Home > EU drugs action plan for 2009-2012.

European Commission. Directorate General for Justice and Home Affairs. Drugs Coordination Unit. (2009) EU drugs action plan for 2009-2012. Brussels: European Commission. Directorate General for Justice and Home Affairs. Drugs Coordination Unit.

[img]
Preview
PDF (EU drugs action plan 2009-2012) - Published Version
150kB

The EU drugs action plan (2009–12) includes wide-ranging measures to strengthen European cooperation to curb the adverse consequences of drug use and cut drug-related crime. It is conceived around five priorities:
• reducing the demand for drugs;
• mobilising European citizens;
• reducing supply;
• improving international cooperation;
• and improving understanding of the drugs phenomenon

Illicit drugs are a major concern for the citizens of Europe, a major threat to the security and health of European society and a threat to living conditions worldwide.

In December 2004, the European Council unanimously endorsed the EU Drugs Strategy for 2005-2012 (1), which aims to achieve a high level of protection, well-being and social cohesion by preventing and reducing drug use.

The adoption of the Strategy in itself gave a clear signal that political concern about drugs across the European Union transcends the differences in approach that exist among Member States. The Strategy, implemented by two successive EU Drugs Action Plans, confirmed that all Member States subscribe to the same set of basic principles: that there should be a balanced approach to reducing the supply and demand for drugs, which is based first and foremost on the fundamental principles of EU law and, in every regard, upholds the founding values of the Union: respect for human dignity, liberty, democracy, equality, solidarity, the rule of law and human rights. The Strategy and its Action Plans aim to protect and improve the well-being of society and of the individual, to protect public health, to offer a high level of security for the general public. This should be accompanied by horizontal measures in which drug policy is based on reliable data regarding the nature and extent of the problem, on — increasingly — cross-border — coordination and on cooperation with and towards third countries and international organisations. The Strategy and its Action Plans are also based on the relevant UN Conventions, which are major legal instruments for addressing the world drug problem.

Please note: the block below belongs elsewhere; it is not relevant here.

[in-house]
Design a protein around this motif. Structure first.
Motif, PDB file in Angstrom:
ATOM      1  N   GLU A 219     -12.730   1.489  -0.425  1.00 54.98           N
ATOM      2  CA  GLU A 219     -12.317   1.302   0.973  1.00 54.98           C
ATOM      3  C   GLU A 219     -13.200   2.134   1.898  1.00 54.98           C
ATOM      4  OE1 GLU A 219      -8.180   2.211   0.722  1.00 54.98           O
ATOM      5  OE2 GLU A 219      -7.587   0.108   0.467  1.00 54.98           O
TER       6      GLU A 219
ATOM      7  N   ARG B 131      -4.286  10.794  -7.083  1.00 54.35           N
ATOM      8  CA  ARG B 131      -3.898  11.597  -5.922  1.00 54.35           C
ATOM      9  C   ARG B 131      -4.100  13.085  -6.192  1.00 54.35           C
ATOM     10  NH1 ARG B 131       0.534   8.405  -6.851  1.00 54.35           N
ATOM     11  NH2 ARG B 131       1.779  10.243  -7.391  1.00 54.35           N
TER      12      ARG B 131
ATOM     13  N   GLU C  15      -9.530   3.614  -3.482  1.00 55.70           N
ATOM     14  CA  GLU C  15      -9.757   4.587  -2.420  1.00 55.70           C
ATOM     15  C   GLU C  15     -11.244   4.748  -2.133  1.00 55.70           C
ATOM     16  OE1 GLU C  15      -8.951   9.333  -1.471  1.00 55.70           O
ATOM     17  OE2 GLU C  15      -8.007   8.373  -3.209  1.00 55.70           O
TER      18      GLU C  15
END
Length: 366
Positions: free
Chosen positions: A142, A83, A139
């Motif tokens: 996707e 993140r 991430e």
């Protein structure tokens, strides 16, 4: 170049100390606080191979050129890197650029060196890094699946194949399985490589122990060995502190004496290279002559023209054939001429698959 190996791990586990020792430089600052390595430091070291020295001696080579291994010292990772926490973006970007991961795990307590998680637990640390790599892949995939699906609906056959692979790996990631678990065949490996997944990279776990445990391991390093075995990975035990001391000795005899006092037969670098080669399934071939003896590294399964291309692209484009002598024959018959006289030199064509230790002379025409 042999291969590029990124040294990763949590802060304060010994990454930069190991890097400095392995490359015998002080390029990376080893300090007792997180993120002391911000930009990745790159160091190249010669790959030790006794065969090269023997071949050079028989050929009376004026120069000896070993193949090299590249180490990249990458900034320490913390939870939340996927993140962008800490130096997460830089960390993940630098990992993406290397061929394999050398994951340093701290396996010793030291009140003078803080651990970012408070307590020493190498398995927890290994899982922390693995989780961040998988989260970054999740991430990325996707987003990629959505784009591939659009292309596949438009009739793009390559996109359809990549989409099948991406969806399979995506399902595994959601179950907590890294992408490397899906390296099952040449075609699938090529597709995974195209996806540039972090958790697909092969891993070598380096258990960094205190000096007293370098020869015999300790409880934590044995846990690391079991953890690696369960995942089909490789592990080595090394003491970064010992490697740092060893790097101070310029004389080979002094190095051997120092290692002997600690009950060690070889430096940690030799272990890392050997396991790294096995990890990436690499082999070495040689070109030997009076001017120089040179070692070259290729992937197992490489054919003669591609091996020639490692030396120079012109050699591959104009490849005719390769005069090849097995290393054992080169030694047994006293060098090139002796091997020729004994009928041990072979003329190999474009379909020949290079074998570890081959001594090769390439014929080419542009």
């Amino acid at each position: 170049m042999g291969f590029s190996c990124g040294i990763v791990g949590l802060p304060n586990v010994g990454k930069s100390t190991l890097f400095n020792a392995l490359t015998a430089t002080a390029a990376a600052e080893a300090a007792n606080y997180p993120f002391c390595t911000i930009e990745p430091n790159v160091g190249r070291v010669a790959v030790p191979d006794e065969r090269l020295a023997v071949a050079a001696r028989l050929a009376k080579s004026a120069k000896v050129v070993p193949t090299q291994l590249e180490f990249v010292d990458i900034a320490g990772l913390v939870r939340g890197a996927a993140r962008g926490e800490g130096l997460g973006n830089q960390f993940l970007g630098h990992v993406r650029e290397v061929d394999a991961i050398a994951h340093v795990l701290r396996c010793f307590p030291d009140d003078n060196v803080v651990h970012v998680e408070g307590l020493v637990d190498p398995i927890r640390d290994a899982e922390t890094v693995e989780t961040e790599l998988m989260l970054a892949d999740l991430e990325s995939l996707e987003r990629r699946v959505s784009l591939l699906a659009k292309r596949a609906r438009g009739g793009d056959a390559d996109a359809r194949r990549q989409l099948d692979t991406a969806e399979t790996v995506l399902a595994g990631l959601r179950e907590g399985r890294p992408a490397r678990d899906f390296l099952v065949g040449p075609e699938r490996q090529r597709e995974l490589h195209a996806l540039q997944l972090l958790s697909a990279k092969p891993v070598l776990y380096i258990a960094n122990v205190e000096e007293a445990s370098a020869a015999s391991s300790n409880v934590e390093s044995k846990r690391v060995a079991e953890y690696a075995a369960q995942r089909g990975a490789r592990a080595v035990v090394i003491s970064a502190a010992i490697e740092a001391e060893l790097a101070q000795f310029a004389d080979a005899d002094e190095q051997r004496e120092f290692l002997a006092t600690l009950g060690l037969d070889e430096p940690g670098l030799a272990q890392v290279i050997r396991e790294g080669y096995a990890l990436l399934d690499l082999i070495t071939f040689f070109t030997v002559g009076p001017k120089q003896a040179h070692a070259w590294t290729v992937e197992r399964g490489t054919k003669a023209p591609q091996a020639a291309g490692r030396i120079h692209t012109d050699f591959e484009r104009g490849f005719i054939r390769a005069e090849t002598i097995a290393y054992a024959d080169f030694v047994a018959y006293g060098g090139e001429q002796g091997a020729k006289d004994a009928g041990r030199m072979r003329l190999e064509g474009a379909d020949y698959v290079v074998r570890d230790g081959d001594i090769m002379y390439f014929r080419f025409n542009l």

The Drugs Strategy also provides the framework for two consecutive four-year Action Plans. The first Action Plan (2005-2008) (2) set out over 80 actions to help coordinate major areas of government intervention in the field of illegal drugs, covering public health, law enforcement, customs, criminal justice and external relations. While implementation is often the responsibility of the Member States, the Commission plays an active part in facilitating and evaluating the work in progress, in addition to monitoring anti-drug legislation, such as Council Framework Decision 2004/757/JHA on Illicit Drug Trafficking, on which it will report in mid 2009. Moreover, guided by the lessons learnt over the past four years, the Commission is now proposing a second Action Plan (2009-2012) to be endorsed by the Council.


Date:2009
Call No:MP18.2, VH
Pages:26 p.
Publisher:European Commission. Directorate General for Justice and Home Affairs. Drugs Coordination Unit
Corporate Creators:European Commission. Directorate General for Justice and Home Affairs. Drugs Coordination Unit
Place of Publication:Brussels
EndNote:View
Accession Number:HRB 4807 (Available)
Subjects:MP-MR Policy, planning, economics, work and social services > Policy > Policy on drugs and alcohol
VA Geographic area > Europe

Repository Staff Only: item control page